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03. 04. 2018

Parliamentary questions - 30 March 2018

Answer given by Ms Jourová on behalf of the Commission

The EU General Data Protection Regulation (GDPR)(1) essentially updates and modernises the principles already enshrined in the 1995 Data Protection Directive(2). It will apply as of 25 May 2018. The regulation creates new opportunities for business. It enables the free flow of personal data across the Digital Single Market. It will replace a patchwork of 28 data protection regimes with one unified law across the whole EU. The regulation will make it easier for companies to do business across the EU and cut red tape.

Data protection authorities are currently elaborating, within the article 29 Working Party, guidelines on key topics of the regulation in order to help organisations processing personal data in their compliance efforts.

The obligations incumbent on data controllers, including those operating in the online sector, to respect individuals' rights and choices on the processing of their personal data are not new requirements introduced by the GDPR. They are already enshrined in Article 8(2) of the Charter of Fundamental Rights and further detailed in Directive 95/46/EC and apply to all organisations processing personal data of individuals located in the EU.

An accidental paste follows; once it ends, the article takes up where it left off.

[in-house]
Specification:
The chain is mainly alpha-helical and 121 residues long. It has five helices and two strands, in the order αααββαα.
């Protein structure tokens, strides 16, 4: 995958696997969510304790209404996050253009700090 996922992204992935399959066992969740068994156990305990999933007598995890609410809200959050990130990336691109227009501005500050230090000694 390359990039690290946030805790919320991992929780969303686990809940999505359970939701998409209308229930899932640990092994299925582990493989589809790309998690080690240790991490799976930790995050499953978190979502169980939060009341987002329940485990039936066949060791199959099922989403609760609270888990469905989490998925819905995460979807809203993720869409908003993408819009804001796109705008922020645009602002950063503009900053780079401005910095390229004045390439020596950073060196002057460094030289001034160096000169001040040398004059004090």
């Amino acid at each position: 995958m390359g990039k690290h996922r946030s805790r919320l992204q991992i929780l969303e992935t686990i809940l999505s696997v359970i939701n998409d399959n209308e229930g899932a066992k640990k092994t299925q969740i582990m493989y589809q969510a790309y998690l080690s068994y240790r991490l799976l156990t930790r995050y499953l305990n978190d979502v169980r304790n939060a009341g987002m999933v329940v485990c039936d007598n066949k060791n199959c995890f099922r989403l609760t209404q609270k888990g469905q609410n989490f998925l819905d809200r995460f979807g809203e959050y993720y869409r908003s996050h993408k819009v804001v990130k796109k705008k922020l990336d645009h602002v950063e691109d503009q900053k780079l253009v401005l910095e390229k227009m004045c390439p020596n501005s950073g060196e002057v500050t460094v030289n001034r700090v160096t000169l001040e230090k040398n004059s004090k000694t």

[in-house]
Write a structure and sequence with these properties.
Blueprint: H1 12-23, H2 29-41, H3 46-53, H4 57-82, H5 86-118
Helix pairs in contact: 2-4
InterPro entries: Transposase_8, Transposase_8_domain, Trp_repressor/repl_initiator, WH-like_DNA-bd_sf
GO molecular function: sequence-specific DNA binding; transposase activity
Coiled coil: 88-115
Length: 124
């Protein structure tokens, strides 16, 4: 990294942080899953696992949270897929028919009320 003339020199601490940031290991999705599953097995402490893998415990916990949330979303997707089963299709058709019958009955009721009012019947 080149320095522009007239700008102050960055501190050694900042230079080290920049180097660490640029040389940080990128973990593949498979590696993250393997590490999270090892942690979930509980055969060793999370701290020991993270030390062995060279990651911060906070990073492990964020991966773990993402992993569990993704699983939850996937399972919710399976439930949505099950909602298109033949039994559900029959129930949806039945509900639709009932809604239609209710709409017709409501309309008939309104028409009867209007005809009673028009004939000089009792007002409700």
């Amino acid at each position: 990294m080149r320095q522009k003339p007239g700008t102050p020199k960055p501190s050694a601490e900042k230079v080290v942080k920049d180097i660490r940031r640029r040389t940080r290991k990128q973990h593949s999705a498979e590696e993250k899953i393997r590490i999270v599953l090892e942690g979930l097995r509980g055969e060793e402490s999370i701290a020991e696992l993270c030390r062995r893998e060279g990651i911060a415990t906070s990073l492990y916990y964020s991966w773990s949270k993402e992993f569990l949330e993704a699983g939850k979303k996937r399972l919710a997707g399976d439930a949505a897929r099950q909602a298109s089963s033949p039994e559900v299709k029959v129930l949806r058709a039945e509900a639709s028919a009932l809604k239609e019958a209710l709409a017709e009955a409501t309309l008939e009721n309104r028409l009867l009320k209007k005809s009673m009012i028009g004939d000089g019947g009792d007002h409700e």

On 10 January 2017, the Commission adopted a proposal for a regulation on Privacy and Electronic Communications(3) which extends the application of the right to confidentiality of communications laid down in Article 7 of the Charter of Fundamental Rights to all communication service providers. The proposal aims to update the rules set forth in Directive 2002/58/EC(4), create new possibilities for providers to process communication data, ensure that traditional and Internet based communication providers are bound by the same rules when it comes to the respect on the confidentiality of communications and hence reinforce trust and security in the Digital Single Market. The proposed Regulation will complement the GDPR as regards electronic communications data that qualify as personal data and seeks to ensure consistency with the GDPR, by repealing some provisions of the directive, such as the security obligations, which are now in the GDPR.

(1) Regulation (EU) 2016/679 of the European Parliament and of the Council of 27 April 2016 on the protection of natural persons with regard to the processing of personal data and on the free movement of such data, and repealing Directive 95/46/EC (General Data Protection Regulation), OJ L 119, 4.5.2016, p. 1‐88.
(2) Directive 95/46/EC of the European Parliament and of the Council of 24 October 1995 on the protection of individuals with regard to the processing of personal data and on the free movement of such data, OJ L 281, 23.11.1995, p. 31-50.
(3) Proposal for a regulation of the European Parliament and of the Council concerning the respect for private life and the protection of personal data in electronic communications and repealing Directive 2002/58/EC (Regulation on Privacy and Electronic Communications), COM(2017) 10 final, 10.1.2017.
(4) Directive 2002/58/EC of the European Parliament and of the Council of 12 July 2002 concerning the processing of personal data and the protection of privacy in the electronic communications sector (Directive on privacy and electronic communications), OJ L 201, 31.7.2002, p. 37‐47.
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